Manufacturers warn 'energy policy must support balanced economy'

A rapid increase in energy costs could seriously undermine Britain's ambitions for a better-balanced economy according to a report published today by the manufacturers' organisation EEF.

The research predicts a 50% rise in electricity costs by 2020 which would hit investment, margins and competitiveness

The research predicts a 50% rise in electricity costs by 2020 which would hit investment, margins and competitiveness

Read the full report here - Agenda for Government to 2020

The research predicts a 50% rise in electricity costs by 2020 which would hit investment, margins and competitiveness, potentially halting economic growth and driving a quarter (25%) of manufacturers to invest in facilities outside the UK.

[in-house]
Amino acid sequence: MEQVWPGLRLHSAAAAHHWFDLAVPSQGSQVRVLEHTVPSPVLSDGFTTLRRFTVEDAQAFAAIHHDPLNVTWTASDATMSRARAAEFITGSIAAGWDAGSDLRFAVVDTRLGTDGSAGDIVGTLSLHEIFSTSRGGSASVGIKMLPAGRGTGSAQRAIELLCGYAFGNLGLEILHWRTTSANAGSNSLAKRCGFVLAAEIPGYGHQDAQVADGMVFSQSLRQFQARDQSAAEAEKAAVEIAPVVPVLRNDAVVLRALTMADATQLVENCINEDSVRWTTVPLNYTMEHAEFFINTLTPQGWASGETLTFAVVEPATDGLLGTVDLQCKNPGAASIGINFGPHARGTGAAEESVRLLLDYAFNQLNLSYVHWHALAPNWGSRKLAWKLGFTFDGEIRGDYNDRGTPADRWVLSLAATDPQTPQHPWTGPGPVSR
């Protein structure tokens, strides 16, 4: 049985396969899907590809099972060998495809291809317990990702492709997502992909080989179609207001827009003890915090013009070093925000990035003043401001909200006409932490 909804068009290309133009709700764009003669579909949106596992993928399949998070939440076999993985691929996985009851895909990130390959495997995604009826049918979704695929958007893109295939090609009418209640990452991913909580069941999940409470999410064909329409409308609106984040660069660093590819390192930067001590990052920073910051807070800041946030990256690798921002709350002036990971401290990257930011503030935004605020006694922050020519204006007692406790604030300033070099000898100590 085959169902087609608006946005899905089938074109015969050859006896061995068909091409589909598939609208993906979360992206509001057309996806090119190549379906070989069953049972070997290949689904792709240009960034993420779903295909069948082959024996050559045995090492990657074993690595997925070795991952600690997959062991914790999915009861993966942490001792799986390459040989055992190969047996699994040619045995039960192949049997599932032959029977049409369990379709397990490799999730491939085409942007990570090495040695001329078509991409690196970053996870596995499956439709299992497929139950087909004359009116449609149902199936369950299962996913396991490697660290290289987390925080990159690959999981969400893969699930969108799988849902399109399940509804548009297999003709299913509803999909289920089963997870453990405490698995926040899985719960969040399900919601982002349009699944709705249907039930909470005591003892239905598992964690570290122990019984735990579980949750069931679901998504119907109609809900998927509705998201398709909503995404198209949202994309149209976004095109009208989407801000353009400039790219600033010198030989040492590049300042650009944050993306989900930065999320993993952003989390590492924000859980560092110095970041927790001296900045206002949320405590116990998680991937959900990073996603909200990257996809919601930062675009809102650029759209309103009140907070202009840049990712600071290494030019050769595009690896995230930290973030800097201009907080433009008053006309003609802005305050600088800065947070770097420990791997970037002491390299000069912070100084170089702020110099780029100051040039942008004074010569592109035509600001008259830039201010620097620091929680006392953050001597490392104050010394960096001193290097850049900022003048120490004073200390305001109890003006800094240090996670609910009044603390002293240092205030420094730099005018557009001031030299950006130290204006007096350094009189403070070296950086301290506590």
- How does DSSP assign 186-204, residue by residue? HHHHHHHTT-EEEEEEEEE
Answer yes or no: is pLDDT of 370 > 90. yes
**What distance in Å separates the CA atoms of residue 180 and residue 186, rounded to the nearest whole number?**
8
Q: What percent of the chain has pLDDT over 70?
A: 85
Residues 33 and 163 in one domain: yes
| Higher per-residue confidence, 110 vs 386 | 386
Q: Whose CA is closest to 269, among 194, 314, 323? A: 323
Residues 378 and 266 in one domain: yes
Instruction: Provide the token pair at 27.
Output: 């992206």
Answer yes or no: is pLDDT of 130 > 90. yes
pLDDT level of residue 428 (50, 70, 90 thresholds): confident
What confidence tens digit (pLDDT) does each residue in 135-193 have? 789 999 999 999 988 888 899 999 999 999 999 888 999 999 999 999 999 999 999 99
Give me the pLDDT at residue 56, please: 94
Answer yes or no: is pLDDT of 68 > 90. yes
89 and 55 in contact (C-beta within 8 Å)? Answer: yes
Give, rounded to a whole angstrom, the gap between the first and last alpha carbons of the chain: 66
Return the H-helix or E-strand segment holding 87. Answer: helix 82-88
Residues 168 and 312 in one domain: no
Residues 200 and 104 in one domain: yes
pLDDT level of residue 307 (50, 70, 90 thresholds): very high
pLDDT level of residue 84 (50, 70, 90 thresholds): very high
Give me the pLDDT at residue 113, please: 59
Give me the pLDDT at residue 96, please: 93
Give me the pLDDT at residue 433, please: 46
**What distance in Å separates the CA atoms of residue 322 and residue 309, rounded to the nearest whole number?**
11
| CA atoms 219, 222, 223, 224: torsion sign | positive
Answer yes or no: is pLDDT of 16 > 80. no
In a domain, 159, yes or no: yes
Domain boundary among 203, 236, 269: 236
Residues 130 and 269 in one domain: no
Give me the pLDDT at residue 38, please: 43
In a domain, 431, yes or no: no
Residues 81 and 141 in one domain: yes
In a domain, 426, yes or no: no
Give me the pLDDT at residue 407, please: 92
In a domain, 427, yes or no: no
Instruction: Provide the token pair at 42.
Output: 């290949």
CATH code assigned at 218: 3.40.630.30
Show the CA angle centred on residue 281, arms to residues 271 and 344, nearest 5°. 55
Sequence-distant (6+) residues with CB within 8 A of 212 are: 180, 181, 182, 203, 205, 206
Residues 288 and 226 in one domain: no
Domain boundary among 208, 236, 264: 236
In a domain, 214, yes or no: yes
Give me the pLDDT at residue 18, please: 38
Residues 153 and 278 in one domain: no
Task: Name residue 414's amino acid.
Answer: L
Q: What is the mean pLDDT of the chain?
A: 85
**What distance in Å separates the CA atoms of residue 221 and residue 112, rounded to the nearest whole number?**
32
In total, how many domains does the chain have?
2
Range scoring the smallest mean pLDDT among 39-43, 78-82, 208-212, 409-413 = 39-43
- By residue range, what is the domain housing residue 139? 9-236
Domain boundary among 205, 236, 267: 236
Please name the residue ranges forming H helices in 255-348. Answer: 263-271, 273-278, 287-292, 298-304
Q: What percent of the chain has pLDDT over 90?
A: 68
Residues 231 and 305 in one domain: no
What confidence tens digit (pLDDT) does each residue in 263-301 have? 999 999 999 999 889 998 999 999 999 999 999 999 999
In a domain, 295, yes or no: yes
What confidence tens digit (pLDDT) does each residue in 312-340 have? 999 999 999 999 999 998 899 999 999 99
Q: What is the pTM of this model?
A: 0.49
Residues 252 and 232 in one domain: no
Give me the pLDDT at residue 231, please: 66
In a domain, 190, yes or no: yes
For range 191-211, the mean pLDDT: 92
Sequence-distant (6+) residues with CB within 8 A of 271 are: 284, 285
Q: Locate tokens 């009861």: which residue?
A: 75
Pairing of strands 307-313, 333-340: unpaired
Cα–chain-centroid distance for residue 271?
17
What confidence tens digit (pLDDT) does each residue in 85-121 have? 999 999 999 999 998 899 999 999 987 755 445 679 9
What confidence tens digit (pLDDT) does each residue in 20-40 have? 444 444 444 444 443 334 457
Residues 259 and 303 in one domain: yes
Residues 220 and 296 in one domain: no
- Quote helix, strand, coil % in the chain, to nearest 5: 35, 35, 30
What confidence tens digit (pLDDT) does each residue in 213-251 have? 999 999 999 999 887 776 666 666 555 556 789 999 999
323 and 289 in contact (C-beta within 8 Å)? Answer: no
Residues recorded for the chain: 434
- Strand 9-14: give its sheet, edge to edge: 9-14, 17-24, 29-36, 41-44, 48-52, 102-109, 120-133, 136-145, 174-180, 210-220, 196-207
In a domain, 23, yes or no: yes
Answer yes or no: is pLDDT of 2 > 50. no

EEF head of climate and environment policy Gareth Stace said: "This is a wake-up call that the tension between the pursuit of low carbon policies and Britain's ambitions for a better-balanced economy must be resolved. Failure to do so could hit investment, margins and competitiveness, putting the brakes on growth and leaving our economy stuck in the slow lane."

According to the report almost three quarters (73%) of manufacturers said that such a considerable rise in electricity costs would have a noticeable impact on their profit margins, more than half (53%) said it would hit their competitiveness and more than one in three (34%) would be forced to cut spending in other areas of their businesses.

As part of its agenda, EEF is calling for the implementation of the Energy Intensive Industries (EII) compensation package as announced at the 2014 Budget, a fresh approach to industrial energy efficiency and decarbonisation, and a review and reform of the costs to energy consumers of decarbonising the power grid.

Stace added: "High energy costs are crippling for manufacturers of all sizes, but rapid implementation of this scheme would at least reduce the burden on those who are most exposed."

Read the full report here - Agenda for Government to 2020


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| Energy Efficiency | low carbon

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